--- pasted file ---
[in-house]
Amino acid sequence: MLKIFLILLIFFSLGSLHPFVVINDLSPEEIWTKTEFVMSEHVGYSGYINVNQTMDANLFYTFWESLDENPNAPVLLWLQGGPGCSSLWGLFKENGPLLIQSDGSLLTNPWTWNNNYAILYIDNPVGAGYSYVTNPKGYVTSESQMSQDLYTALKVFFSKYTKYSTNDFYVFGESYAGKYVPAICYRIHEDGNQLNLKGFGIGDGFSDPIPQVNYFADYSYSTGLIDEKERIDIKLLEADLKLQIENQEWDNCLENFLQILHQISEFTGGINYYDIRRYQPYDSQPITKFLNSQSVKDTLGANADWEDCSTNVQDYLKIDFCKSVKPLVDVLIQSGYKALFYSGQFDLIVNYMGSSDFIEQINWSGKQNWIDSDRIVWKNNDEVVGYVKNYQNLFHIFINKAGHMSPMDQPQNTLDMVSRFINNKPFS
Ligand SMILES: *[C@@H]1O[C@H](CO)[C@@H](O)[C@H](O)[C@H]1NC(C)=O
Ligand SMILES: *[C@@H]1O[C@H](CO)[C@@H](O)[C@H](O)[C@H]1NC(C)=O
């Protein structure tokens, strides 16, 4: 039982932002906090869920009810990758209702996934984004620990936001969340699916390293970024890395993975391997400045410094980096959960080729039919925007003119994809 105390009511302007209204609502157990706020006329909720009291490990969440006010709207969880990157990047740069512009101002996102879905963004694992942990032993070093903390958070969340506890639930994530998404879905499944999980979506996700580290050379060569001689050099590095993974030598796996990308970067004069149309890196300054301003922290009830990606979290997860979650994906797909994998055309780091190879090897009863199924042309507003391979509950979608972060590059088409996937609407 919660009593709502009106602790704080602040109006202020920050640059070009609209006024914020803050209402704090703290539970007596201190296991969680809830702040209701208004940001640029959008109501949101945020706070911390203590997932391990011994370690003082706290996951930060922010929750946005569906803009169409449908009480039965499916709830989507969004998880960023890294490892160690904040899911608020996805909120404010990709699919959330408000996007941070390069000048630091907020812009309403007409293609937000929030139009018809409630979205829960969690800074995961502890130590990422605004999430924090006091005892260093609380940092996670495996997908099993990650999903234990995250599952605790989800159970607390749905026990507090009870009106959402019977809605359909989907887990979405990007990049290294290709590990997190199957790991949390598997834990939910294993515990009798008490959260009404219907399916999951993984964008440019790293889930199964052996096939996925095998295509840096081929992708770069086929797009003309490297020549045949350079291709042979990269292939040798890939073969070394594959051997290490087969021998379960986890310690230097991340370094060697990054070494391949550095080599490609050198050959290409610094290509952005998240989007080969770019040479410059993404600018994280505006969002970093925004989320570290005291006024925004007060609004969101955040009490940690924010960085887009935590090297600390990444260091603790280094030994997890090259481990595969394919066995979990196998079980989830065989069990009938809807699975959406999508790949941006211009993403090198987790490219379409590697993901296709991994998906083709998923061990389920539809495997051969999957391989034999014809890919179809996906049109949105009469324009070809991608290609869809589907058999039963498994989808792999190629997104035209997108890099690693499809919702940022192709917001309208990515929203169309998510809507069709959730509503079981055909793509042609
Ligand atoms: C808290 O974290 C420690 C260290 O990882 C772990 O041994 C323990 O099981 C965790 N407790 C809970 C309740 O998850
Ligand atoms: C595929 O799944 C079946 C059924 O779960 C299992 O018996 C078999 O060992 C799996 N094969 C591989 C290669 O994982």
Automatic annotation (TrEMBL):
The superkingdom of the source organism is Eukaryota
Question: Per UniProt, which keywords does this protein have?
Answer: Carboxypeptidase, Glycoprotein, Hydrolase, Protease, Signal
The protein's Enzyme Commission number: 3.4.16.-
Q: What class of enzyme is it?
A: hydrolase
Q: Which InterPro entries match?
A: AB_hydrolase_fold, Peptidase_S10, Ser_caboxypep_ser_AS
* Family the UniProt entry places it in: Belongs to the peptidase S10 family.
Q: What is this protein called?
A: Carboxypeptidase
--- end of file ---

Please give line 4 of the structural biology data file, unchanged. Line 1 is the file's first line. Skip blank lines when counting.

Ligand SMILES: *[C@@H]1O[C@H](CO)[C@@H](O)[C@H](O)[C@H]1NC(C)=O